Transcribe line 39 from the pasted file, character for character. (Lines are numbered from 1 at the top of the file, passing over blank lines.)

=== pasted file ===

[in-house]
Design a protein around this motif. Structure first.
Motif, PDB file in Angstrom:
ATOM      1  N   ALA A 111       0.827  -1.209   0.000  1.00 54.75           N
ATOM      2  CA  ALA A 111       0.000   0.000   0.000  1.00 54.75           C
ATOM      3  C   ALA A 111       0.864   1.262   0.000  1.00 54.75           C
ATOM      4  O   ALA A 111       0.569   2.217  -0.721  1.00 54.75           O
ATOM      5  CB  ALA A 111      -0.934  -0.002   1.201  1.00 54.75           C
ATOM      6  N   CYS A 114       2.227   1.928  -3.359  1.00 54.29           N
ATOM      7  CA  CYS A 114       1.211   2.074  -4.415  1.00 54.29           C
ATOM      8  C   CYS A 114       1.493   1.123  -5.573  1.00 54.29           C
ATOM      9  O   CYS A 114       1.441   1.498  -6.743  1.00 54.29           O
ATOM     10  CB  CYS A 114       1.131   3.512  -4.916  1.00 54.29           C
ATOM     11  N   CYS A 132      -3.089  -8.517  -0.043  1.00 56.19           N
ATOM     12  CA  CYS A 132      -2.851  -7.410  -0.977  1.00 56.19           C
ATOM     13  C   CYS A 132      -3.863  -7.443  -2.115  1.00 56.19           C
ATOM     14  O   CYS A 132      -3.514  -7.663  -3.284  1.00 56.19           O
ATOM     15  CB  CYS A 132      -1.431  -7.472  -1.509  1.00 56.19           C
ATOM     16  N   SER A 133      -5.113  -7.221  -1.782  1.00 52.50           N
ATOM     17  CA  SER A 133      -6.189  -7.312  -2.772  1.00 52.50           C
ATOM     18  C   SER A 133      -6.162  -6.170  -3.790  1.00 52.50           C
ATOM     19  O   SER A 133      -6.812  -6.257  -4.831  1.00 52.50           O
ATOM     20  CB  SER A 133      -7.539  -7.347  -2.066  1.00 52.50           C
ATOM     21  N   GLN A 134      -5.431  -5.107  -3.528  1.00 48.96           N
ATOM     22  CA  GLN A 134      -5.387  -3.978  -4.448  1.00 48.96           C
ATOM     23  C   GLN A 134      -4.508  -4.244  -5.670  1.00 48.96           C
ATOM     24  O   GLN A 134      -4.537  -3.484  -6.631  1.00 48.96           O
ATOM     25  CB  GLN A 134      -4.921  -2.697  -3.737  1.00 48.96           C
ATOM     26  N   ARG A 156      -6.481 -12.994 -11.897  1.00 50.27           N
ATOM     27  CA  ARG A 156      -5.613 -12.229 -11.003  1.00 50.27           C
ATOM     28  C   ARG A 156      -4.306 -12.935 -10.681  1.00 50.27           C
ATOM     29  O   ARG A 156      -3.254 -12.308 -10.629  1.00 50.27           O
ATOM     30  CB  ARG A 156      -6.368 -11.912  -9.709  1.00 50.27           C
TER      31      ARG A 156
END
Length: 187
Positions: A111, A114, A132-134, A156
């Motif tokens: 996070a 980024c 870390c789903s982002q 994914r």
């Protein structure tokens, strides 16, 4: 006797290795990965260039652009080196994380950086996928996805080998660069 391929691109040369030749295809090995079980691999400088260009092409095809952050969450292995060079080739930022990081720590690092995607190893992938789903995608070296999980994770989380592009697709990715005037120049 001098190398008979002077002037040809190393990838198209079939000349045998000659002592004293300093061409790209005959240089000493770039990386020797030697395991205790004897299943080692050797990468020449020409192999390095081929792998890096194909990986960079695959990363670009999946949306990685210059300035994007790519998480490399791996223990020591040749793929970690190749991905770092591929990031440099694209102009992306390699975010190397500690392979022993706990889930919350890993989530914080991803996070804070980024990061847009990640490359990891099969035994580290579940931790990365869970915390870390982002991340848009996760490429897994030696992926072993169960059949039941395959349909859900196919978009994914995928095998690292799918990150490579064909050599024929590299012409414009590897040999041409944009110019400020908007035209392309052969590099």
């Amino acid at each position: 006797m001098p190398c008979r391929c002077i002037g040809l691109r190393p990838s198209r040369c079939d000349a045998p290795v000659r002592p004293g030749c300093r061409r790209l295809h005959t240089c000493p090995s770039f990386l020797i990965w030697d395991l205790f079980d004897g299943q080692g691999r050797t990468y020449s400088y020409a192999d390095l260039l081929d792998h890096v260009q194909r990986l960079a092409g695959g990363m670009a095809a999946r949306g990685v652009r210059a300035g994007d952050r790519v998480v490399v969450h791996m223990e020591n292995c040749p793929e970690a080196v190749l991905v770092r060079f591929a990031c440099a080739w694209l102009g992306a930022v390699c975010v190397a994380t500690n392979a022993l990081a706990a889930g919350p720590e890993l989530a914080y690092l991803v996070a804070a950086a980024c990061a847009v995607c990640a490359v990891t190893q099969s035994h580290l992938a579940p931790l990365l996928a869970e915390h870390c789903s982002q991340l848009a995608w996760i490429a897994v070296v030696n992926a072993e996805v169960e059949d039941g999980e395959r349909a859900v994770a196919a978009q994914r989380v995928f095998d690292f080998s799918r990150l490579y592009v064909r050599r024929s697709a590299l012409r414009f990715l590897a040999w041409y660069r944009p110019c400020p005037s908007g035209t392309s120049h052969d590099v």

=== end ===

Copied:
């Protein structure tokens, strides 16, 4: 006797290795990965260039652009080196994380950086996928996805080998660069 391929691109040369030749295809090995079980691999400088260009092409095809952050969450292995060079080739930022990081720590690092995607190893992938789903995608070296999980994770989380592009697709990715005037120049 001098190398008979002077002037040809190393990838198209079939000349045998000659002592004293300093061409790209005959240089000493770039990386020797030697395991205790004897299943080692050797990468020449020409192999390095081929792998890096194909990986960079695959990363670009999946949306990685210059300035994007790519998480490399791996223990020591040749793929970690190749991905770092591929990031440099694209102009992306390699975010190397500690392979022993706990889930919350890993989530914080991803996070804070980024990061847009990640490359990891099969035994580290579940931790990365869970915390870390982002991340848009996760490429897994030696992926072993169960059949039941395959349909859900196919978009994914995928095998690292799918990150490579064909050599024929590299012409414009590897040999041409944009110019400020908007035209392309052969590099």